A single judge bench of Telangana High Court passed note-worthy guidelines in disposing Domestic Violence cases.
From Paras 6 and 7,
6. The Protection of Women from Domestic Violence Act, 2005 is a legislation enacted to shield the rights of women which are enshrined and guaranteed under the Constitution of India, besides paving way to deal with the matters connected to and arising out of the family disputes in an effective and efficacious manner.
7. When the provisions contained in the said legislation i.e., The Protection of Women from Domestic Violence Act, 2005 (hereinafter referred to as “the Act of 2005”, for brevity) are looked into, it is very clear that the proceedings that would be conducted are more civil in nature. The protection orders that would be granted under Section 18, the residence orders that would be granted under Section 19, the monetary reliefs that would be granted under Section 20, the custody orders that would be granted under Section 21 and the compensation orders that would be granted under Section 22, would be based on the applications that would be filed by the aggrieved persons, the domestic incident reports and the defence taken by the respondents therein. All those proceedings are civil in nature. No doubt, Section 28 (1) of the Act of 2005 lays down that the proceedings shall be governed by the provisions of Code of Criminal Procedure. However, it is specifically mentioned under Section 28(2) of the Act of 2005 that the Court is empowered to lay down its own procedure for disposal of the applications filed by the aggrieved persons or the Protection Officers. May be due to the fact that the power to deal with the domestic violence cases is given to the Magistrate, the litigant public are under the impression that the proceedings initiated under the Act of 2005 are purely criminal in nature.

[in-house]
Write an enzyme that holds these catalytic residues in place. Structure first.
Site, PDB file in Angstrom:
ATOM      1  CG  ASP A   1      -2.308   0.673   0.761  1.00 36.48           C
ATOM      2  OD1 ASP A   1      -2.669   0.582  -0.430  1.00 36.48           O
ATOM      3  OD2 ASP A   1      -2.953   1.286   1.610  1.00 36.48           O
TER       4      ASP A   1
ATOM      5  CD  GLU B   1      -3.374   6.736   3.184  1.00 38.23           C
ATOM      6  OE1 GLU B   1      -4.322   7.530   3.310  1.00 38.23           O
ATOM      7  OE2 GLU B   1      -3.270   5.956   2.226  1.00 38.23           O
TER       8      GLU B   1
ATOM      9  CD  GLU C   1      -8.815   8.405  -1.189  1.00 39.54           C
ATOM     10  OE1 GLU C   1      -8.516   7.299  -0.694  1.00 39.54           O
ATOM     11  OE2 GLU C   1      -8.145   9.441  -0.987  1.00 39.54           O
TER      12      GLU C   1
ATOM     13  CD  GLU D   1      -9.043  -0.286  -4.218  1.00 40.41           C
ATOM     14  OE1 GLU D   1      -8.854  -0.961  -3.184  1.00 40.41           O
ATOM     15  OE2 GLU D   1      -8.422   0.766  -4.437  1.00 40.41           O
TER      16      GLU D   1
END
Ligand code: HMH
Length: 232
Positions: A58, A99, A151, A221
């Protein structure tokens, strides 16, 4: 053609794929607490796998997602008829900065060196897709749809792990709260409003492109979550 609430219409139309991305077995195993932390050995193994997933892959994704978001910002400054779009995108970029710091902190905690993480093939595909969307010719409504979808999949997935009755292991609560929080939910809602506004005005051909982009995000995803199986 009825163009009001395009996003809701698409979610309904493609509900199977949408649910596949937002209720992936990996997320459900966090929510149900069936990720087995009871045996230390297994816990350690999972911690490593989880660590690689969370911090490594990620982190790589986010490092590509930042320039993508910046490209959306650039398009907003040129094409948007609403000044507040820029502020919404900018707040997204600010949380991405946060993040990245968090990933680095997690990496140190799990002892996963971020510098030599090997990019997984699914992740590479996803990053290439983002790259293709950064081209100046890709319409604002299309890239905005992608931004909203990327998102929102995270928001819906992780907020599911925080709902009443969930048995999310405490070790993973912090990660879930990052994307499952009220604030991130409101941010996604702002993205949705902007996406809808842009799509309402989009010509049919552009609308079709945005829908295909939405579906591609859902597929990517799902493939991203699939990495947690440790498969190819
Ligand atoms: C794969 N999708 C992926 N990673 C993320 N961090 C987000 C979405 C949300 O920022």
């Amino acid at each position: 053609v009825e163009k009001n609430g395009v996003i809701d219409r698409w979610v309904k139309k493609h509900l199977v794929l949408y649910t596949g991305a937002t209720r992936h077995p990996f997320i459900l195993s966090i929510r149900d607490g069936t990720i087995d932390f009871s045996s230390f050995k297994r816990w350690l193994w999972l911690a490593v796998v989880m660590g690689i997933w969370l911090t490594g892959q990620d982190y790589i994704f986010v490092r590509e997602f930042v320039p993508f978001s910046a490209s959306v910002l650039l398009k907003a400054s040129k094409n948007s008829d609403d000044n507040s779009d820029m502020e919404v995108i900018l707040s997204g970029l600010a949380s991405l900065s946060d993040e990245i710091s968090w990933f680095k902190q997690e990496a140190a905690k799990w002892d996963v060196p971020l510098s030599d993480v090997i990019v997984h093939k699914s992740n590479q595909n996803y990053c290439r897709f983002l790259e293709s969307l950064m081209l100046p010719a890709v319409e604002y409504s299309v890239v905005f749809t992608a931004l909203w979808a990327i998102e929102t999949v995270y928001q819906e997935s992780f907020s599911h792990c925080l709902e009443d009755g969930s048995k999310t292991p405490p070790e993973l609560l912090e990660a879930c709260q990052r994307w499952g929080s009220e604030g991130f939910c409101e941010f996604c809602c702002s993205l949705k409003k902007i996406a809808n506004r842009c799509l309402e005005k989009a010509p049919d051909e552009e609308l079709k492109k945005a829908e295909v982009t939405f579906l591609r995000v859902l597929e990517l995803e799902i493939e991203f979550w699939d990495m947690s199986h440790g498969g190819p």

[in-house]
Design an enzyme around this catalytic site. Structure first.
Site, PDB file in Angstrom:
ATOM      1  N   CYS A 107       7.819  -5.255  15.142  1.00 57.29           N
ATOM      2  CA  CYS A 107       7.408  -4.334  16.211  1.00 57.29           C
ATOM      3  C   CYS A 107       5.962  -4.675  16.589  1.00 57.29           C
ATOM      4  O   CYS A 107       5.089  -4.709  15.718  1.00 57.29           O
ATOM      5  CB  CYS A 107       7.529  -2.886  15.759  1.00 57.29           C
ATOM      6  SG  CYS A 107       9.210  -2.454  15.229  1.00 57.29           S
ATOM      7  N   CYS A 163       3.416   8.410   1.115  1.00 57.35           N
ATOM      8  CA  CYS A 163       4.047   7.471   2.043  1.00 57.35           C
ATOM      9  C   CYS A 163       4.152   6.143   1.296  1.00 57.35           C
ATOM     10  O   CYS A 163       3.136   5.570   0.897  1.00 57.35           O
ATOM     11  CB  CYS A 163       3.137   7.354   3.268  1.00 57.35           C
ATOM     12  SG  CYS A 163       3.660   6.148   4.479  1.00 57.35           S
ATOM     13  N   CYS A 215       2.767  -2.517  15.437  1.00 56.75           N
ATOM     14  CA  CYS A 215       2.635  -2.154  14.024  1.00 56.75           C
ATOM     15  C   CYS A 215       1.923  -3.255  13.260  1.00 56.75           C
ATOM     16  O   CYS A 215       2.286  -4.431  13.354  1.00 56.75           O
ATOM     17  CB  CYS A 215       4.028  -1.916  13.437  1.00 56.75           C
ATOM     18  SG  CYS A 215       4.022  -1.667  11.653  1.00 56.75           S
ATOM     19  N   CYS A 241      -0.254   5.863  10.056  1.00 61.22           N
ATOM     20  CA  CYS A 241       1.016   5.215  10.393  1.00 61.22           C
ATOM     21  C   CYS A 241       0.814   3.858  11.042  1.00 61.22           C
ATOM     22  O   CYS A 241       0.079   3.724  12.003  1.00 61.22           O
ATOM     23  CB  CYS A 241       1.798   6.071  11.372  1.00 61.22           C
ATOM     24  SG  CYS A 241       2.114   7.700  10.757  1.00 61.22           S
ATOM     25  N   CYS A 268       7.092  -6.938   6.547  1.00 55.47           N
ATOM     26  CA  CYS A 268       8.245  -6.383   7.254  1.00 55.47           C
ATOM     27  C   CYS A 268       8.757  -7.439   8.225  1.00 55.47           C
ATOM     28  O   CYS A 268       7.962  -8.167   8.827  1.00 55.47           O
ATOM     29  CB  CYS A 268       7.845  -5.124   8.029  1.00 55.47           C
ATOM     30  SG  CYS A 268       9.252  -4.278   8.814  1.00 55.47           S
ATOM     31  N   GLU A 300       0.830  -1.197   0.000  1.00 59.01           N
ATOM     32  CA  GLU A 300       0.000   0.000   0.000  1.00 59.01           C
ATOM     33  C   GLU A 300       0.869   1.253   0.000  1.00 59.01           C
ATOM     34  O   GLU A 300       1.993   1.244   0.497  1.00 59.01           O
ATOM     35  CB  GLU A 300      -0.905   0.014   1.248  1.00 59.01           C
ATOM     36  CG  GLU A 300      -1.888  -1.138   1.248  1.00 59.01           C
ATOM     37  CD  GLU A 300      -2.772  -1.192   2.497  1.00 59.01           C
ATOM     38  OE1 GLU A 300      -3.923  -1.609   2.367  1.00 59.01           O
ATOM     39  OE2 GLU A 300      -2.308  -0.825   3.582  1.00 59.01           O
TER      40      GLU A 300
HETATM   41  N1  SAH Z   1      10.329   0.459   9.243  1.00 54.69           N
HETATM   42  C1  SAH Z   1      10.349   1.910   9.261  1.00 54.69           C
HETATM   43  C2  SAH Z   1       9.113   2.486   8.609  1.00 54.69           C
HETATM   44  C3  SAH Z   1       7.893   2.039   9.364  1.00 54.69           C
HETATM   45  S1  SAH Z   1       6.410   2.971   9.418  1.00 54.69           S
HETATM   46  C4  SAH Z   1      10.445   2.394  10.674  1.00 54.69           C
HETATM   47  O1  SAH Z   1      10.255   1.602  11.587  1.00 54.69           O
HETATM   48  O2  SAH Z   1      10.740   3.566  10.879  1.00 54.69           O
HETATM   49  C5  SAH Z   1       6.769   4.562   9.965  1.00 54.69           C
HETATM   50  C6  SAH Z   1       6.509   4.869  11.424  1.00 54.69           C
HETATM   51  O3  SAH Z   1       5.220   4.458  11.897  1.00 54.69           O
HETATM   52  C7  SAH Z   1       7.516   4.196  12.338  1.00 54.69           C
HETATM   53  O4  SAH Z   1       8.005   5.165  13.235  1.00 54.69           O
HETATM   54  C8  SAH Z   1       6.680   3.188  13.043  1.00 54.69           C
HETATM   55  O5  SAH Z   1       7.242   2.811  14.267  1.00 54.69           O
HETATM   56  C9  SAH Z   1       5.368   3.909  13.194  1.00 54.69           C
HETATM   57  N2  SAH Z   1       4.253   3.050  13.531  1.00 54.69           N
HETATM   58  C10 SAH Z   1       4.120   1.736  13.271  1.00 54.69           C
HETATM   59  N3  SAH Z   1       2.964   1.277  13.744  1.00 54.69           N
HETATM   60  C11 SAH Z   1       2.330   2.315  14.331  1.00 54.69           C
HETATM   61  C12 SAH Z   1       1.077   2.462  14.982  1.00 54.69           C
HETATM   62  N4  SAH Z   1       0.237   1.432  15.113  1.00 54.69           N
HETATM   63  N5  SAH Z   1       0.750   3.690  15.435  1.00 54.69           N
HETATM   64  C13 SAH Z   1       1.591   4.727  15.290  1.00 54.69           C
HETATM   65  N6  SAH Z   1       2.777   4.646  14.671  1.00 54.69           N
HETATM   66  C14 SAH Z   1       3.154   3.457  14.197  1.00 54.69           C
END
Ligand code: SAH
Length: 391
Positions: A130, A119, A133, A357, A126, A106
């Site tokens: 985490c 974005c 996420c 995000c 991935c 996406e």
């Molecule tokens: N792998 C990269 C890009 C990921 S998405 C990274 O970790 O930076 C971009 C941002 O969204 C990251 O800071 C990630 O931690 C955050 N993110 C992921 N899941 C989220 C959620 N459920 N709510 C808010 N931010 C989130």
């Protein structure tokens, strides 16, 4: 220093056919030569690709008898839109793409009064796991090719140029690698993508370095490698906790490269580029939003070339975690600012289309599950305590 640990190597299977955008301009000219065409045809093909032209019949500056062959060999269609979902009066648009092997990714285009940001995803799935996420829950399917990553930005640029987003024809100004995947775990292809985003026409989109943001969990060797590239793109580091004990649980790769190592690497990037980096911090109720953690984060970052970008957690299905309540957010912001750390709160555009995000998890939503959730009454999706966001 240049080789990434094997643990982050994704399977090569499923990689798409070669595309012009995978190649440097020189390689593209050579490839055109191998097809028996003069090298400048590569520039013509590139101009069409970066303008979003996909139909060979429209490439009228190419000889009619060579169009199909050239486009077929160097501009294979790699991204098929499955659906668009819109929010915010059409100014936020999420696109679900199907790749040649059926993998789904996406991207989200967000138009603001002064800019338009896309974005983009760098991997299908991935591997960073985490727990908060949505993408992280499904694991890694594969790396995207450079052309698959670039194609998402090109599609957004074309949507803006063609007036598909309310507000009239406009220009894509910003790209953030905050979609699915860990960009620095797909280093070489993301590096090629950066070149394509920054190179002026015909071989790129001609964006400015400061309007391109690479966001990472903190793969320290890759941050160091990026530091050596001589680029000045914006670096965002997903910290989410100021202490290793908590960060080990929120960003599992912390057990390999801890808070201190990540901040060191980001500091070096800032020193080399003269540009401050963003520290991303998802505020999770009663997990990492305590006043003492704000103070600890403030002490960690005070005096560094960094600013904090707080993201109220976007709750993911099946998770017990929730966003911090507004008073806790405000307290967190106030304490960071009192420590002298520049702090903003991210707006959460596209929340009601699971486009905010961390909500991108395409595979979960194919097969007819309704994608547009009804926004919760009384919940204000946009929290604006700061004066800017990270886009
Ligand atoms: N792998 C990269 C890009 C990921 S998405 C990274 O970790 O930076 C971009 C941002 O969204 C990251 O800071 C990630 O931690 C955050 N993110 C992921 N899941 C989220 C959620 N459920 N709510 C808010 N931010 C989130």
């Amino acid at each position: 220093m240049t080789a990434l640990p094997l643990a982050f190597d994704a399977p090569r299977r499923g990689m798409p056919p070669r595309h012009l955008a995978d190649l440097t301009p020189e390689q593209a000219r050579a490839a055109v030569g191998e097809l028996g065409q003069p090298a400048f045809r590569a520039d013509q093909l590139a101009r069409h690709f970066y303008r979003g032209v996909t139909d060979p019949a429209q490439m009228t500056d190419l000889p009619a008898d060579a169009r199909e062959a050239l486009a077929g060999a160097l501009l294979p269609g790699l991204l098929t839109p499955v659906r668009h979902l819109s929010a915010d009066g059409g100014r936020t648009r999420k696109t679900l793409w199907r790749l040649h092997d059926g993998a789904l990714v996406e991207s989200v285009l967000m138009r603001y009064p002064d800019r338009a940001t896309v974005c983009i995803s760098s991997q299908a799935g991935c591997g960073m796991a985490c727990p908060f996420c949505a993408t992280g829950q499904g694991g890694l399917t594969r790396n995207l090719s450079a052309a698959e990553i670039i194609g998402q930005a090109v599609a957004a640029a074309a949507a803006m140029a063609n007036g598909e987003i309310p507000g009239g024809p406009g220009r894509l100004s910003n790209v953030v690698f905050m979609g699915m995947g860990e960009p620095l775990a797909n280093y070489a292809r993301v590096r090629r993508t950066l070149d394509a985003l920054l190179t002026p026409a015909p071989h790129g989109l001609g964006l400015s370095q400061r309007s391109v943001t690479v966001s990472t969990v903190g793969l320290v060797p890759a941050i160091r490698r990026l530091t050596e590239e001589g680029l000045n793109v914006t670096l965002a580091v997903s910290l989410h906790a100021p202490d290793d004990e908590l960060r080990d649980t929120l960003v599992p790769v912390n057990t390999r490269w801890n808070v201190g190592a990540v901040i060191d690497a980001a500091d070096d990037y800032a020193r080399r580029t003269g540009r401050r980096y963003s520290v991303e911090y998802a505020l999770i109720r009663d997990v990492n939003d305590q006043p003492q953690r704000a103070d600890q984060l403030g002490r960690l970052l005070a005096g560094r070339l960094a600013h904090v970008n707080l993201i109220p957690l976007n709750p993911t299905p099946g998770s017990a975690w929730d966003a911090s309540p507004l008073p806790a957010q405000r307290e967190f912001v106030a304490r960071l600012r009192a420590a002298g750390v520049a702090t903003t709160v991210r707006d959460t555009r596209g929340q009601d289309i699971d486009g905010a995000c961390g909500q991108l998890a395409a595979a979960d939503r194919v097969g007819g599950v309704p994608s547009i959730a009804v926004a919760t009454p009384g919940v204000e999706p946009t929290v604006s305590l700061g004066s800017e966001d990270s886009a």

Guidelines passed in Paras 12 and 13,
P Parvathi Vs Pathloth Mangamma on 7 Jul 2022
12. It is brought to the notice of this Court by the learned Assistant Public Prosecutor that number of Criminal Petitions are filed before the High Court seeking to quash the proceedings in domestic violence cases, only because the trial Courts are insisting the physical attendance of the respondents in those cases for each and every adjournment.
13. Therefore, before parting with the case, this Court considers it desirable to lay down certain guidelines for the Courts of Judicial Magistrate of First Class, which are empowered to deal with the domestic violence cases, to follow so that the parties would not rush to the High Court.
(1)The Courts of Judicial Magistrate of First Class which are dealing with the cases filed seeking various kinds of reliefs as laid down under Sections 18 to 22 of the Protection of Women from Domestic Violence Act, 2005 should take note of the fact that the proceedings therein are more civil in nature.
(2)When the aggrieved person or a Protection Officer or any other person on behalf of the aggrieved person presents an application seeking one or more reliefs that are enshrined under Sections 18 to 22 of the Protection of Women from Domestic Violence Act, 2005, upon service of notice as required under Section 13 of the said Act and upon making appearance by the opposite party i.e., respondents therein either in person or through their counsel, the Court shall not insist for their personal appearance for each and every adjournment.
(3)The Courts dealing with the cases under the Protection of Women from Domestic Violence Act, 2005 shall not even insist for filing an application under Section 317 Cr.P.C.
(4)The persons against whom the applications are filed seeking relief in domestic violence cases i.e., the respondents, however, shall appear in person if a specific direction is given for their personal appearance by the Court during the course of proceedings.
(5)The points enumerated above does not however apply during the course of proceedings that are conducted under Section 31 of the Protection of Women from Domestic Violence Act, 2005.
(6) Last but most important is that the Courts of Judicial Magistrate of First Class which are empowered to deal with the matters under the Protection of Women from Domestic Violence Act, 2005 shall make all endeavour to dispose of the applications filed for grant of various reliefs that are provided under Sections 18 to 22 of the Protection of Women from Domestic Violence Act, 2005 within a period of sixty (60) days from the date of first hearing, as required under Section 12(5) of the said Act.
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